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‘Look What We Come To’

The Clifton Review 


The Clifton Review is a tri-weekly column that examines the question of the Clifton project along with the evolution of the war between two billionaires. We covered the start of this war with articles describing the battle over easement rights, the mysterious burning of a home, the blocks to rebuilding, and countless questionable court filings.

While the 2018 series salutes fashion mogul Peter Nygård’s Golden Jubilee detailing his rags to riches story, his incredible business success over these past fifty years and an inside look at how he did it, The Clifton Review will also continue to address current affairs as they relate to the good of The Bahamas. 


‘Look What We Come To’

By P.J. Malone


“Bizarre and absolutely scary.” That’s how one of our Queen’s Counsels described the recent passage of the Criminal Evidence (Witness Anonymity) Amendment Bill 2018. Another QC called it “dumb or dangerous”.

In its introduction in the House of Assembly, Minister of Works Desmond Bannister admitted that it is likely unconstitutional and may be struck down by the courts.

QC Damian Gomez and former Minister of State for Legal Affairs asserted this when the Nassau Guardian asked him for comment:

“We have a real problem here with this. This seems bizarre. You do something that you know to be wrong and then say, ‘oh, you can always challenge it in the court’? That’s irresponsible. You can’t hide behind public policy.”

In his comments about the passing of the Amendment, QC Wayne Munroe said it was “dumb and dangerous”. Munroe also declared the following: 

“What they are saying is we know that the constitution is the supreme law. As the government and the legislature, we are going to pass a law that we think very well may be contrary to the supreme law; so we are going to break the supreme law and we are going to do it publically.”

The challenge isn’t just that the Members of Parliament passed an amendment that they know to be unconstitutional. The challenge is also that in addition to ignoring the rights of any accused to a fair trial, they are creating more problems.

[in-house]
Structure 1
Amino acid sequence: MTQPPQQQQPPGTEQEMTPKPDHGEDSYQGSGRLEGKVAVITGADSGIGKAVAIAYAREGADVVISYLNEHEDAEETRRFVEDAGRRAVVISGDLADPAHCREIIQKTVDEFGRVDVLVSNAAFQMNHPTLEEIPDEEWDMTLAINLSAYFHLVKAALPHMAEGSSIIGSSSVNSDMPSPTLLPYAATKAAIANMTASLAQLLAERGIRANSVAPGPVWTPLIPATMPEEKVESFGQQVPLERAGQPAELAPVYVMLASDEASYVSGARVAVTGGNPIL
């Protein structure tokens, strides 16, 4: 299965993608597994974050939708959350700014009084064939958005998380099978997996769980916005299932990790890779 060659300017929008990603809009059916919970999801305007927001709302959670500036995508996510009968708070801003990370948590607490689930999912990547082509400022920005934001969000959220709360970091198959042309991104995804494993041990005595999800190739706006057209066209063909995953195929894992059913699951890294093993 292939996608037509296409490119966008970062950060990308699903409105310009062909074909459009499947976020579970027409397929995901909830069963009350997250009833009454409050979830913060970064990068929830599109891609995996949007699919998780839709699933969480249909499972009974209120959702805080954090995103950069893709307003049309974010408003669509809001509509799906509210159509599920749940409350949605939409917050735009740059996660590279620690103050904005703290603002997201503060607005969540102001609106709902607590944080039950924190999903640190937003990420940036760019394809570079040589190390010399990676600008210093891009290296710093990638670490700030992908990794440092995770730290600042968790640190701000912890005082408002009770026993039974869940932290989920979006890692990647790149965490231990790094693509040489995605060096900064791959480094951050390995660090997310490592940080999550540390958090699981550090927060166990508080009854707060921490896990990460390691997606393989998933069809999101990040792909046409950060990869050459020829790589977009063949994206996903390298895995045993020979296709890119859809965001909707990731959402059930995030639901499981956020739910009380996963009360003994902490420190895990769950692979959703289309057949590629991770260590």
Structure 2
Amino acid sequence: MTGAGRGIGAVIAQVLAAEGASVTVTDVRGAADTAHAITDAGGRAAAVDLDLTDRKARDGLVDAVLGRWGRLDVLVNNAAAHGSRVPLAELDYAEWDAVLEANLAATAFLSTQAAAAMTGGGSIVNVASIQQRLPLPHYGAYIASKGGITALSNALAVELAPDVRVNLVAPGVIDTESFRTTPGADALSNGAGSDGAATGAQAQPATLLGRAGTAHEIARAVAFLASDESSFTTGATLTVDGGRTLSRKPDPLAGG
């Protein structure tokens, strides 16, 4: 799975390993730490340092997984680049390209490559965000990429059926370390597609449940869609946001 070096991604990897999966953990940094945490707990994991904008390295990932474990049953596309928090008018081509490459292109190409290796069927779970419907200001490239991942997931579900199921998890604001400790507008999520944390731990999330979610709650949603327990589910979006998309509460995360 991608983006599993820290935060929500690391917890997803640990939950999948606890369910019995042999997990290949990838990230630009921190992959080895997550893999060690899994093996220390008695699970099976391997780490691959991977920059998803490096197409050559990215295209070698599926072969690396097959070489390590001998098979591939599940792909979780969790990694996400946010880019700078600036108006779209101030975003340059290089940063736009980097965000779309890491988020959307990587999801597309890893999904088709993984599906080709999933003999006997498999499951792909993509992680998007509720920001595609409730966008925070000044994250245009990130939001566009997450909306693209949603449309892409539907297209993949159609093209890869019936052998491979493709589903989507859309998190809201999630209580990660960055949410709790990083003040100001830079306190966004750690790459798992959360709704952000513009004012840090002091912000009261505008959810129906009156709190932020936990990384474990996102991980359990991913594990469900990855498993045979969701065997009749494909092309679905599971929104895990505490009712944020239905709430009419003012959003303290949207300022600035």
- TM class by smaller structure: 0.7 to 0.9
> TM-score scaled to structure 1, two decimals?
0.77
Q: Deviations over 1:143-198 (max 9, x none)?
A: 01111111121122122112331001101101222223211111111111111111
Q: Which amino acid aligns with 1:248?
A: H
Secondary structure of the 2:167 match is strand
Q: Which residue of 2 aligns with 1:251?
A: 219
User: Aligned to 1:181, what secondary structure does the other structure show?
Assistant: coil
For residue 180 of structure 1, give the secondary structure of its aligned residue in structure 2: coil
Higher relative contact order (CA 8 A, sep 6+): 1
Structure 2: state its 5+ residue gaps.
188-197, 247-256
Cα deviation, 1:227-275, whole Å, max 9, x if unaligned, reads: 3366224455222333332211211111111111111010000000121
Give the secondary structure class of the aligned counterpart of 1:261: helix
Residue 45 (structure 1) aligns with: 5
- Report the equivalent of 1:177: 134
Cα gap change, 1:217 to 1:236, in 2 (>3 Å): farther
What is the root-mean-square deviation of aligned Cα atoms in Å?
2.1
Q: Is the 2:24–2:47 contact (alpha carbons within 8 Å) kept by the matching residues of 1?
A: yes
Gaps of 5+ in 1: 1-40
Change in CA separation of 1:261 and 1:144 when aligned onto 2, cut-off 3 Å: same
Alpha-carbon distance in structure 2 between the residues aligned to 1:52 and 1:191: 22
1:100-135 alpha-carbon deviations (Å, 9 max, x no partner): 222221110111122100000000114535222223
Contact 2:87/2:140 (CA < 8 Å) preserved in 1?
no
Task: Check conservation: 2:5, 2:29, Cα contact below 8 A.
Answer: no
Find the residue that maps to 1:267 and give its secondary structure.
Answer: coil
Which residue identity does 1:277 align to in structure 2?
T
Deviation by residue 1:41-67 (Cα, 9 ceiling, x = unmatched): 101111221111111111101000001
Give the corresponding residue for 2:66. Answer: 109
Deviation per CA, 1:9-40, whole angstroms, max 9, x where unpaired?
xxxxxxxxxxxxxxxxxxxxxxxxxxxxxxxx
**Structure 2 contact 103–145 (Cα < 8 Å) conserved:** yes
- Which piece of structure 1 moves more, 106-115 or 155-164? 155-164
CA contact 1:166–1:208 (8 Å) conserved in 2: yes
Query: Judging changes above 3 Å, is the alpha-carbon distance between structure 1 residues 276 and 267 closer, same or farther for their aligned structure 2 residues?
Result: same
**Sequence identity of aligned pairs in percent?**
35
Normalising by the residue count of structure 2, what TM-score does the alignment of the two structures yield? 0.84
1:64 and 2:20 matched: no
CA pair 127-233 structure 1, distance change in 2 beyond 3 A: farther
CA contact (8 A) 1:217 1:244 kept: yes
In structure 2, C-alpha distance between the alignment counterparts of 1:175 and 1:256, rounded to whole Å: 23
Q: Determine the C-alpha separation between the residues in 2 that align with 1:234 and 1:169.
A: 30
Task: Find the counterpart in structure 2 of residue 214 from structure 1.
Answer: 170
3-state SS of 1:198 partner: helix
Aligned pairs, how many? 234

To explain this point, Munroe’s example is worth repeating:

Let’s say somebody is screened from me and has his voice changed so I don’t know who it is. This could be somebody who has borne a grudge against me all his life but I won’t know that. I can’t put anything of that nature to the witness. Let’s assume it’s a homicide. My case is I didn’t kill the person, somebody else did and the witness is that person who actually did the killing. I can’t see him or her. Or you may have had a vibe with me all your life that is well documented. You may have lied on me before in a way that I can prove. But I don’t know who you are so I have no way of bringing that to the attention of the tribunal of fact.

Could you imagine if the anonymous witness is my friend wife or sweetheart and I don’t know that? These people are just ridiculous. Dumbness is being elevated to an art in this country.

Is this the hornet’s nest the Parliament of the Commonwealth of The Bahamas is seeking to create? 

Are our representatives so mindless, so obtuse that they go along with an obviously flawed idea and not think about what they are doing or its consequences?

Our representatives are required to be thinking individuals who assess what is in the best interest of our country and its citizens and not go along with their party’s program.

They want to act like they are addressing crime. Well you don’t solve one problem by creating another especially one that conflicts with the constitution. That just makes you look dumb.

They make us look so foolish. Look what we come to, ay?

Written by Jones Bahamas

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